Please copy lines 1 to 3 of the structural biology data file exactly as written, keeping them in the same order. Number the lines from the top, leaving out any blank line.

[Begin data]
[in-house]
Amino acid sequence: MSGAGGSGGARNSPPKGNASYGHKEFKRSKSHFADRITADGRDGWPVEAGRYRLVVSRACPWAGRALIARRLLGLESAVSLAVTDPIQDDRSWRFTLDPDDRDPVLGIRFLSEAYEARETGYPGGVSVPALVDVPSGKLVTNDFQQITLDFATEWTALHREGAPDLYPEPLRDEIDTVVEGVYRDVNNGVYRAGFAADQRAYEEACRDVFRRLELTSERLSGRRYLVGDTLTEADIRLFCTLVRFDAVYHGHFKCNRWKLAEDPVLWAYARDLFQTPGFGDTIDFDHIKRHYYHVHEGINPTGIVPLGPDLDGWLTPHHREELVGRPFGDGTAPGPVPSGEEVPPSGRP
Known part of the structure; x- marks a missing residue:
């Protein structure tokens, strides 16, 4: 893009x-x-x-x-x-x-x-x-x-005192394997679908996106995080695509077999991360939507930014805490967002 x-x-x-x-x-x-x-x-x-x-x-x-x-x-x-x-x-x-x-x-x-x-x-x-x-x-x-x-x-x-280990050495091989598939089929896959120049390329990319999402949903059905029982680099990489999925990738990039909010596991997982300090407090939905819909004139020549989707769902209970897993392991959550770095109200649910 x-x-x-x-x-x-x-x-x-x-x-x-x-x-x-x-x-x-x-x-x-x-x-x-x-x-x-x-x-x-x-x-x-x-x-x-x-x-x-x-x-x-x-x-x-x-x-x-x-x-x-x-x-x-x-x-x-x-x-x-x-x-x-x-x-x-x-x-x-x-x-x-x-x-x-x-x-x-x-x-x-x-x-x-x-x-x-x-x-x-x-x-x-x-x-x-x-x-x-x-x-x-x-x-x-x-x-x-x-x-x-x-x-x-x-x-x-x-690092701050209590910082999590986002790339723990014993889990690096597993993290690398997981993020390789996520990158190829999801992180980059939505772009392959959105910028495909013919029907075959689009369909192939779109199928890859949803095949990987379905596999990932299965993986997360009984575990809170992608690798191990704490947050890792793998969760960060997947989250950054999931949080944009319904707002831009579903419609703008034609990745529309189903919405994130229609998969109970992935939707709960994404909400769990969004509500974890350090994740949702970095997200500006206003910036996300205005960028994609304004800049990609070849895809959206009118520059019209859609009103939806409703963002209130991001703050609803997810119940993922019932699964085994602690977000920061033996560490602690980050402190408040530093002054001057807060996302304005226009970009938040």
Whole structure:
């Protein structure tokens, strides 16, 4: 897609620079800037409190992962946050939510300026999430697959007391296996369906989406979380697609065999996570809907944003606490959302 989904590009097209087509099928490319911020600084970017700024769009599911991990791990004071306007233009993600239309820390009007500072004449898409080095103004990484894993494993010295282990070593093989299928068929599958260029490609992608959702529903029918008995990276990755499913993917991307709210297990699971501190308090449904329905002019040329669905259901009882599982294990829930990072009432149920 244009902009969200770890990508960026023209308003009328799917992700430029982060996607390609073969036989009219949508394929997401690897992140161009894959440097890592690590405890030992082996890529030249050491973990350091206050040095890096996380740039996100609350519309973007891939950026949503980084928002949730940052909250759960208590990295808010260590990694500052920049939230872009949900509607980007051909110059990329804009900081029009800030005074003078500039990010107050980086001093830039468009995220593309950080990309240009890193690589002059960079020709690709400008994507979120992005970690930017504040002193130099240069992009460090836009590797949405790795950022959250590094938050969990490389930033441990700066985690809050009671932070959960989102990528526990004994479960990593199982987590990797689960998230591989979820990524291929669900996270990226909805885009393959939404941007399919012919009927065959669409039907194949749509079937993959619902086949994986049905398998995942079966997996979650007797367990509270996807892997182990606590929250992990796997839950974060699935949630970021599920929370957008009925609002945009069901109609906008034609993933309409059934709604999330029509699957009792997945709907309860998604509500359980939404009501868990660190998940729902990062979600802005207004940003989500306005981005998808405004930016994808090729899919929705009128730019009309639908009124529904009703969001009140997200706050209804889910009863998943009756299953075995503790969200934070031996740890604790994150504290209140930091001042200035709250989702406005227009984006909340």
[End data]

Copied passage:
[in-house]
Amino acid sequence: MSGAGGSGGARNSPPKGNASYGHKEFKRSKSHFADRITADGRDGWPVEAGRYRLVVSRACPWAGRALIARRLLGLESAVSLAVTDPIQDDRSWRFTLDPDDRDPVLGIRFLSEAYEARETGYPGGVSVPALVDVPSGKLVTNDFQQITLDFATEWTALHREGAPDLYPEPLRDEIDTVVEGVYRDVNNGVYRAGFAADQRAYEEACRDVFRRLELTSERLSGRRYLVGDTLTEADIRLFCTLVRFDAVYHGHFKCNRWKLAEDPVLWAYARDLFQTPGFGDTIDFDHIKRHYYHVHEGINPTGIVPLGPDLDGWLTPHHREELVGRPFGDGTAPGPVPSGEEVPPSGRP
Known part of the structure; x- marks a missing residue: